And if the part earlier about how older people were drinking the blood of young people to stay young made you think of the blood boys of Silicon Valley… Yep!
That is a thing amongst older tech bros. They get blood transfusions from younger donors believing it will help them live longer. They couch it in terms of stem cells and hormones instead of spirit and ether, but it’s the same idea.
One group who didn’t agree on its efficacy was the FDA, who said the transfusions were unproven and potentially harmful. Ambrosia shut its doors in 2019.
And… I really don’t want to talk about this but I know someone out there is typing this in the comments already so fine… The QAnon Adrenochrome thing.
Part of the QAnon conspiracy theory is the idea that a cabal of global elites are kidnapping children and torturing them to harvest adrenochrome from their blood.
The reason given is that adrenochrome produces psychedelic experiences and can make you immortal.
Yeah, that’s not true.
It was popularized by Hunter S. Thompson in Fear and Loathing in Las Vegas – he got it from the fact that for a while in the 50s, some researchers thought that adrenochrome was linked to schizophrenia. That was later proven untrue.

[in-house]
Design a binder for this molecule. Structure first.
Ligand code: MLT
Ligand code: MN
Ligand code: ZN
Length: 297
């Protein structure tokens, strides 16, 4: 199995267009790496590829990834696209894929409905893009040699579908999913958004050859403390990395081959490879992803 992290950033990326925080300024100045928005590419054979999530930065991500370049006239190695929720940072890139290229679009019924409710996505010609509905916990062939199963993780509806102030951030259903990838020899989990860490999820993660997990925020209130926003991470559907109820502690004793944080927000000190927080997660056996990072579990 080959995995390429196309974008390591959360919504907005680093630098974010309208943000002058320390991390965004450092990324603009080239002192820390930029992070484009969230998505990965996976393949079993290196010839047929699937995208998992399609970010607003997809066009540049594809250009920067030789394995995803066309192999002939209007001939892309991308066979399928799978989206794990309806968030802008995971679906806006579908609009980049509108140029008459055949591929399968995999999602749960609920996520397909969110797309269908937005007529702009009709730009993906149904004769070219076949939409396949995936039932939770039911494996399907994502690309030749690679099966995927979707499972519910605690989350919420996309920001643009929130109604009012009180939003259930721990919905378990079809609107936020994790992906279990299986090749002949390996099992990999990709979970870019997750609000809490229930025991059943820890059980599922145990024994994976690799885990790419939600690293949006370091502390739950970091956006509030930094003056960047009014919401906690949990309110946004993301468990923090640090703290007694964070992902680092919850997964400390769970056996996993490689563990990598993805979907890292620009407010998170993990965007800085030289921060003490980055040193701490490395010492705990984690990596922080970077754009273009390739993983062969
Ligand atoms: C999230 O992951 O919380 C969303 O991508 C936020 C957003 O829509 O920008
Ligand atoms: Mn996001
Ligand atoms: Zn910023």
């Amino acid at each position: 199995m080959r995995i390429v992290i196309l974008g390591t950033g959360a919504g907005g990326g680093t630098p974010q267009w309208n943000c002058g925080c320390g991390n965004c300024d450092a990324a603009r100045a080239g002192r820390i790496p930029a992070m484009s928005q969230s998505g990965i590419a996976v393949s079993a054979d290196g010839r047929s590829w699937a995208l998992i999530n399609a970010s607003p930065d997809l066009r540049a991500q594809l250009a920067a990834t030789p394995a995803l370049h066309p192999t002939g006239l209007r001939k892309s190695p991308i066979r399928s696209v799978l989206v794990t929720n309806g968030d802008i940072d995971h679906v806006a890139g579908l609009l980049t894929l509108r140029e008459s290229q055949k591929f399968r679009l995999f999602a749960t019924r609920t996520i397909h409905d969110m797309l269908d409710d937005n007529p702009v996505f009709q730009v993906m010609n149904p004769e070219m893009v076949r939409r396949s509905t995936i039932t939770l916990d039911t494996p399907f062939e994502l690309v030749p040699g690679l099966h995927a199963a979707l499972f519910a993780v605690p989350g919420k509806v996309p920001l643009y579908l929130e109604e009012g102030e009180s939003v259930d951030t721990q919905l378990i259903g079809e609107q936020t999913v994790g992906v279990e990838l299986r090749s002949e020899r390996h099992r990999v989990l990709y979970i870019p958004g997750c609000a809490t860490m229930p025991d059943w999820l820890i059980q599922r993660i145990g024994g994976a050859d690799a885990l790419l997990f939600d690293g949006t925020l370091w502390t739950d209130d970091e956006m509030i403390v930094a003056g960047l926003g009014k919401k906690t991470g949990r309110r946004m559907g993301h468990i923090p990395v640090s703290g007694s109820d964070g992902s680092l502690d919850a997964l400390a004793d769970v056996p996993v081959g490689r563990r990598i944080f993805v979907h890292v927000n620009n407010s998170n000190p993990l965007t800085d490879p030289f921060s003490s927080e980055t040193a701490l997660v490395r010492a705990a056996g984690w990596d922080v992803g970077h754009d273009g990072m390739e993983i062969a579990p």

Adrenochrome is a thing, it’s basically a byproduct of adrenaline in the body, but it doesn’t really do anything and even if it did… It can be synthesized. There are companies that make it, you can just buy it. There’s no need for a worldwide child trafficking network.
It’s like saying someone is collecting the amygdalae of millions of puppies to make acetaminophen, instead of getting Tylenol at the CVS.
Accusing people you don’t like of cannibalizing children is the same as the Europeans calling indigenous people in foreign lands cannibals. If you dehumanize them you don’t feel bad about committing violence against them.
I actually traveled to Salem Massachusetts a couple years back and went to the witch trials museum and that was an accusation they used against supposed witches back then.
It was also used against Jewish communities back in the middle ages, they called it a “blood libel,” there’s nothing new about this.
The adrenochrome angle does have more of a medical cannibalism bent to it though.
Some people might not consider things like blood transfusions or organ transplants the same as cannibalism because you’re not consuming the body, you’re just… borrowing from it.
But when it comes down to it, with our current medical technology, there are some things we just can’t replace with a device. There’s no way around it, we need to get it from other people.
And until we can, we will continue to be in some small ways… Cannibals.